Aurora Cannabis hits the “reset” button with 500 layoffs

The former darling of investors is blaming the botched rollout of retail sales in Ontario as one reason for corporate shakeup

First crop of plants at Aurora Cannabis’s Aurora Eau, in Lachute, Quebec in July 2019. (CNW Group/Aurora Cannabis Inc.)

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There have been rumblings since the new year that 2020 would be make-or-break for some of the country’s biggest cannabis companies.

On Thursday, Aurora Cannabis, once a darling of investors in the cannabis industry, announced  the slashing of 500 jobs nationwide as part of a major corporate shakeup.

The announcement included news of the departure of long-time CEO Terry Booth. Aurora also announced the additions of Lance Friedmann and Michael Detlefsen, two veterans of the packaged food industry, to its board.

“We view this opportunity not only as a reset of our company, but as a reset of our relationship with consumers and investors,” said the company’s CFO Glen Ibbott, in a conference call with investors late Thursday afternoon.

“These changes represent a fundamental shift in focus,” added newly appointed interim CEO Michael Singer. “We believe Canada is a solid market with lots of potential, but one that will take time to develop.”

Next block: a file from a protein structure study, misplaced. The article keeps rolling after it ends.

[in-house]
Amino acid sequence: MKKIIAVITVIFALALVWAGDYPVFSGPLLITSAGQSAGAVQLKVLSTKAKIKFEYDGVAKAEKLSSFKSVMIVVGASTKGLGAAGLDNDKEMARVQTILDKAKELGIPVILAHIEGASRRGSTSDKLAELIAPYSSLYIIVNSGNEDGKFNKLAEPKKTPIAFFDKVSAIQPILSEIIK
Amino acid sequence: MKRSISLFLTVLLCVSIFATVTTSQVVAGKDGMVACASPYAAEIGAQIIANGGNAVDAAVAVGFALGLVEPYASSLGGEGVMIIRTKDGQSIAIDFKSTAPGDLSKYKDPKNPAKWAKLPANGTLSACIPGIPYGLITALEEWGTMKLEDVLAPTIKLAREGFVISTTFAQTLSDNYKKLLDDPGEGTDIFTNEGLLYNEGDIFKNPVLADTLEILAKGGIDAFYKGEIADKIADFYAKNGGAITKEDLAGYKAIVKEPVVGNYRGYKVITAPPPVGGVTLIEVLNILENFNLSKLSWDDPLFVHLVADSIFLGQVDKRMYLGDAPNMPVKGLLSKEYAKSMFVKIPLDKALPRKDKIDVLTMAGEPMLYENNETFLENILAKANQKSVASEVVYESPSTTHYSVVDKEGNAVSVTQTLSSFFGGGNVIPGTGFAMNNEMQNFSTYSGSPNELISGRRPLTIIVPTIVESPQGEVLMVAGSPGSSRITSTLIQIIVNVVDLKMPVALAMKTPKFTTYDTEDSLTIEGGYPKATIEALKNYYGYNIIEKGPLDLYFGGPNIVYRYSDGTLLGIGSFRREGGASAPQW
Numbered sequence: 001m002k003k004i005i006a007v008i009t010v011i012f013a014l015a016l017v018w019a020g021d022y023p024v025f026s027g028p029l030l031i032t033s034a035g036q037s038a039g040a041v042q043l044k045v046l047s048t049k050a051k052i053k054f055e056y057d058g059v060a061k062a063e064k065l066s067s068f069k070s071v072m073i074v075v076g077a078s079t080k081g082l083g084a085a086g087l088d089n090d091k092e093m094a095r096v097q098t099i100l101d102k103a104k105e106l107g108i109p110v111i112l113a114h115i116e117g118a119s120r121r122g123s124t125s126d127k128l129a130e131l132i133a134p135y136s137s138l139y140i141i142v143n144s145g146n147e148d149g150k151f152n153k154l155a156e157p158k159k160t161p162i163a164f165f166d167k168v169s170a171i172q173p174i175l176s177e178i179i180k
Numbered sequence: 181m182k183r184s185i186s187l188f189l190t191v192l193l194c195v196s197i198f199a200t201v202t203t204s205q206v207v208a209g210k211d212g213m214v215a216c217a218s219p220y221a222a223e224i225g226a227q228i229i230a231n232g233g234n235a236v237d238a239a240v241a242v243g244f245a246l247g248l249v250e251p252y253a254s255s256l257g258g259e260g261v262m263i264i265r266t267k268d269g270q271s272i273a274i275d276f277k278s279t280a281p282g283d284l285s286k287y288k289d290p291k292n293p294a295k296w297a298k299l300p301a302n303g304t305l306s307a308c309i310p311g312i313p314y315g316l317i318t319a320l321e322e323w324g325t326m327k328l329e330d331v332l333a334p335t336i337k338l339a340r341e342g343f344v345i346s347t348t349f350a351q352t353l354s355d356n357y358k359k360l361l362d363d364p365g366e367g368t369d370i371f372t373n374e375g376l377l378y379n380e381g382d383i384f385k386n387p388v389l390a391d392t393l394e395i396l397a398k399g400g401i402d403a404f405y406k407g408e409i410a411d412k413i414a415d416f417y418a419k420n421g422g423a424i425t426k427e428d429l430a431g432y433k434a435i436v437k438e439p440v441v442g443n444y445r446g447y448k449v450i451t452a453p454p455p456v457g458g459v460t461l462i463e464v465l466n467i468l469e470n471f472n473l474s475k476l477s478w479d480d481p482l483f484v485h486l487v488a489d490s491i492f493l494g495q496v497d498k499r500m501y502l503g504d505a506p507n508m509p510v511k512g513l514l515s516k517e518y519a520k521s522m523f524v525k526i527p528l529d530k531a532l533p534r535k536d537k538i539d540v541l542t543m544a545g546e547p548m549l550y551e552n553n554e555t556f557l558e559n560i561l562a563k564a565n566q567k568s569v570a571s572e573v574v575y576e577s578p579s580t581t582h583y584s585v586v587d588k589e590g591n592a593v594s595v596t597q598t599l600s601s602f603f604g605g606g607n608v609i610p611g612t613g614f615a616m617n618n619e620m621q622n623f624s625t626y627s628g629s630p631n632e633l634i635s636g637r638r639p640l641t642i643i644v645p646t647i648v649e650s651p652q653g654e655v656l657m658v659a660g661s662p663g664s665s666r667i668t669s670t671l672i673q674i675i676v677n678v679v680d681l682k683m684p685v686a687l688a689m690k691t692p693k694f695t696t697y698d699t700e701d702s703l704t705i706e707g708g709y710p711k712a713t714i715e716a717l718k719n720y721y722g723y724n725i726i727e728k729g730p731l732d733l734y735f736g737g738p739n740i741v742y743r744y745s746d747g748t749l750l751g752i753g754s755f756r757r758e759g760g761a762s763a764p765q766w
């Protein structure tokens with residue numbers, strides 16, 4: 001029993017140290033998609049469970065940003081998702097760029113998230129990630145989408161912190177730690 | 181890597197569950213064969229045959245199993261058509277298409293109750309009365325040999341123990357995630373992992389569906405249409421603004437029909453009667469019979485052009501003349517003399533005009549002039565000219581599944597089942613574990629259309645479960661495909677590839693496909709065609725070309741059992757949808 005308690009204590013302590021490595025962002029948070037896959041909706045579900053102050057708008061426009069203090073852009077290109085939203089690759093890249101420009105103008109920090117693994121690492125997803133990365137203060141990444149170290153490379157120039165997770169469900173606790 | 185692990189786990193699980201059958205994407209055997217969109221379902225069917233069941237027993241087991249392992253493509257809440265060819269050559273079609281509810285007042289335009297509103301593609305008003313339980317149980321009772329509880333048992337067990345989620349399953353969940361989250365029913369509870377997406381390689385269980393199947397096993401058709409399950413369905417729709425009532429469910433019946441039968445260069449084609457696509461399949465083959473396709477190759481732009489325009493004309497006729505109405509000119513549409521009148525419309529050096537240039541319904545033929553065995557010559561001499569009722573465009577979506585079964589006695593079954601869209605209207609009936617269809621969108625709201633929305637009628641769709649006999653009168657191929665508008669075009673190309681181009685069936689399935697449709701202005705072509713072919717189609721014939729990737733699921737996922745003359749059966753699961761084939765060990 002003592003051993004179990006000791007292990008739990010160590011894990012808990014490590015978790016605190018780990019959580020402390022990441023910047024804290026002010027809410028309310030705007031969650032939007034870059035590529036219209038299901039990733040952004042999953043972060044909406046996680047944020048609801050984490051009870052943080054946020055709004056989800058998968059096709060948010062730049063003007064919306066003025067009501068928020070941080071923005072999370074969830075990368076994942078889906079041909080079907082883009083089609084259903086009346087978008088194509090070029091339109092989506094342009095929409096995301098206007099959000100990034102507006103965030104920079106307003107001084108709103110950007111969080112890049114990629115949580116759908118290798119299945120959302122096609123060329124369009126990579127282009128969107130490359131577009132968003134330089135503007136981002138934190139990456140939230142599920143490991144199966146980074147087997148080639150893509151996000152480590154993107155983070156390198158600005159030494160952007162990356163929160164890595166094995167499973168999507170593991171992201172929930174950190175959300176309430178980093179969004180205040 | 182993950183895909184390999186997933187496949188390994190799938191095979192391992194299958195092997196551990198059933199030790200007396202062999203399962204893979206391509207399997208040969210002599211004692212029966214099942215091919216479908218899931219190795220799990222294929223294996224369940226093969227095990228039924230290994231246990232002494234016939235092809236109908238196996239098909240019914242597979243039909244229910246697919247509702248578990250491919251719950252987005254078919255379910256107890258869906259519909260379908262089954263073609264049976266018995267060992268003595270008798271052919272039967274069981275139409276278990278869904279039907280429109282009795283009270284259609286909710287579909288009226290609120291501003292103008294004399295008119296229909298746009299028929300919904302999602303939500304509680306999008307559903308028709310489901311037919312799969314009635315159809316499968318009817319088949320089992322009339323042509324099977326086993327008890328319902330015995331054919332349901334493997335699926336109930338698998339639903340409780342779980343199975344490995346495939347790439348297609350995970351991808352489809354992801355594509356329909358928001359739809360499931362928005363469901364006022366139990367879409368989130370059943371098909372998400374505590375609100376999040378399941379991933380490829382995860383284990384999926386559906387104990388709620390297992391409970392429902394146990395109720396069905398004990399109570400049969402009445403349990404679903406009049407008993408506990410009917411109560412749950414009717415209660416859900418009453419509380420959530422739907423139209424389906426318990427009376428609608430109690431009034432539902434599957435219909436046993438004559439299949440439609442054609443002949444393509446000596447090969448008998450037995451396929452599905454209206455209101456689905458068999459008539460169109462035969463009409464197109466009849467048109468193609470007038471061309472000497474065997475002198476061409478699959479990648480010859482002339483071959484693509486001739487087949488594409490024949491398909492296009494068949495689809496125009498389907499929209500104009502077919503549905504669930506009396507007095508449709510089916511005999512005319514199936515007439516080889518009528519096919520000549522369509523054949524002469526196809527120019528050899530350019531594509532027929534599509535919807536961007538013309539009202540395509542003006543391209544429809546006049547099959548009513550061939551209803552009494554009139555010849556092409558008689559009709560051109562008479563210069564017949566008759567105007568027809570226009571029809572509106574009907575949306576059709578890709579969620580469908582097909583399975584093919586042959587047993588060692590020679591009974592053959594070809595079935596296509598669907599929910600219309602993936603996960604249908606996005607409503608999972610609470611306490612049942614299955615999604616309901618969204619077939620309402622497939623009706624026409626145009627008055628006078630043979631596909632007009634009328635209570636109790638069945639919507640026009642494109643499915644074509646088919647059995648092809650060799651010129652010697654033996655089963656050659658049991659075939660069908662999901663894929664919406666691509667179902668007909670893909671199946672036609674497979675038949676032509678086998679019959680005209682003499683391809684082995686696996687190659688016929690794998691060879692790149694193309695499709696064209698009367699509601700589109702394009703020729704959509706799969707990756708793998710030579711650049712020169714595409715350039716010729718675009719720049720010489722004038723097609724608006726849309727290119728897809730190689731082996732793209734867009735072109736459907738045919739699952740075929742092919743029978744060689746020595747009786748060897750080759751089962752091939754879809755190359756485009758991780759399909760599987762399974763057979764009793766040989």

Singer will take over the role of CEO until a permanent replacement is found. Cam Battley, who was widely-assumed to be the successor to Booth, left the company just weeks ago.

“Terry deserves an immense amount of credit as an icon and a visionary in the cannabis industry,” says Singer. “The next leg of our journey will be led by a CEO with a different skill set.”

The list of layoffs will hit the highest rungs of the company. Some 25 per cent of the 500 positions to be cut are from the corporate side. (The company declined to offer any further information about other jobs being cut when contacted by CannCentral.) The company is also reducing spending across the board — scrapping planned IT projects and travel and entertainment costs, for instance.

The general push towards austerity is meant to “install a culture of financial discipline,” says Ibbott.

While painting a picture of rough waters ahead – “We’re not flush with cash,” says Ibbott – Aurora still believes it can survive long-term. But first, it will have to overcome a ballooning overhead. And the fact the company was forced to take a massive $800 million write-down on its assets.

There was a long list of reasons offered by the company for the shakeup. Among them: the botched roll-out of retail sales in Ontario, and the slow development of global markets in South America and Europe. A general glut of supply that hit the market in mid-2019 was also a factor.

But the poor performance of the company’s mid-potency products, even at discount prices, was also blamed.

Reading between the lines, Aurora’s predicament is one that other Licensed Producers will likely be facing this year. Short-term windfalls that everyone expected from legalization simply haven’t materialized, and the hunt for global markets to fill the gap has been slow to catch fire.

Aurora’s stock took a hit on Friday, with the price down more than 15 per cent by mid-day.

Meanwhile, Booth didn’t offer much on his departure in a prepared statement. He said that “Aurora has built a leading position in the global cannabis industry.” That used to be true. Aurora was the largest cannabis company on the planet as recently as 2018.